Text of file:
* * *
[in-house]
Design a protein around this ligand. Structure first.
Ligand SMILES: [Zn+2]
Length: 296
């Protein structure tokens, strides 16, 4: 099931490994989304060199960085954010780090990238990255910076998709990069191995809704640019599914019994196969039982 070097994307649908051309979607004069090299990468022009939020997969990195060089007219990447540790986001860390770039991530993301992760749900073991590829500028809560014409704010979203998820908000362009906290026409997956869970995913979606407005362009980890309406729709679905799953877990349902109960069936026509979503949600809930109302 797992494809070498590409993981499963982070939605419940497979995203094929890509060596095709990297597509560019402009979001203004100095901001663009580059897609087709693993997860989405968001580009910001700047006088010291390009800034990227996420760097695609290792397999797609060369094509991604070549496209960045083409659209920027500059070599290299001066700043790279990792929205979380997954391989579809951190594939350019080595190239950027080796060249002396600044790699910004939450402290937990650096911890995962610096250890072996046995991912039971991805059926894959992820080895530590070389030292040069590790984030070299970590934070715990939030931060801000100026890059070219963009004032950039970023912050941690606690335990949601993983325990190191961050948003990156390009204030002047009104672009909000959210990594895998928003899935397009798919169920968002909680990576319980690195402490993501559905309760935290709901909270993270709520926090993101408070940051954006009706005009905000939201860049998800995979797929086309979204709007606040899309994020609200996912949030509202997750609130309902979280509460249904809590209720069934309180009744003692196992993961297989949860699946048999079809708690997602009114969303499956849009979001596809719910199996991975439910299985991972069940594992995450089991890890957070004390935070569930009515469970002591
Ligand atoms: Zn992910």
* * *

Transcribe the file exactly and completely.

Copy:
[in-house]
Design a protein around this ligand. Structure first.
Ligand SMILES: [Zn+2]
Length: 296
């Protein structure tokens, strides 16, 4: 099931490994989304060199960085954010780090990238990255910076998709990069191995809704640019599914019994196969039982 070097994307649908051309979607004069090299990468022009939020997969990195060089007219990447540790986001860390770039991530993301992760749900073991590829500028809560014409704010979203998820908000362009906290026409997956869970995913979606407005362009980890309406729709679905799953877990349902109960069936026509979503949600809930109302 797992494809070498590409993981499963982070939605419940497979995203094929890509060596095709990297597509560019402009979001203004100095901001663009580059897609087709693993997860989405968001580009910001700047006088010291390009800034990227996420760097695609290792397999797609060369094509991604070549496209960045083409659209920027500059070599290299001066700043790279990792929205979380997954391989579809951190594939350019080595190239950027080796060249002396600044790699910004939450402290937990650096911890995962610096250890072996046995991912039971991805059926894959992820080895530590070389030292040069590790984030070299970590934070715990939030931060801000100026890059070219963009004032950039970023912050941690606690335990949601993983325990190191961050948003990156390009204030002047009104672009909000959210990594895998928003899935397009798919169920968002909680990576319980690195402490993501559905309760935290709901909270993270709520926090993101408070940051954006009706005009905000939201860049998800995979797929086309979204709007606040899309994020609200996912949030509202997750609130309902979280509460249904809590209720069934309180009744003692196992993961297989949860699946048999079809708690997602009114969303499956849009979001596809719910199996991975439910299985991972069940594992995450089991890890957070004390935070569930009515469970002591
Ligand atoms: Zn992910």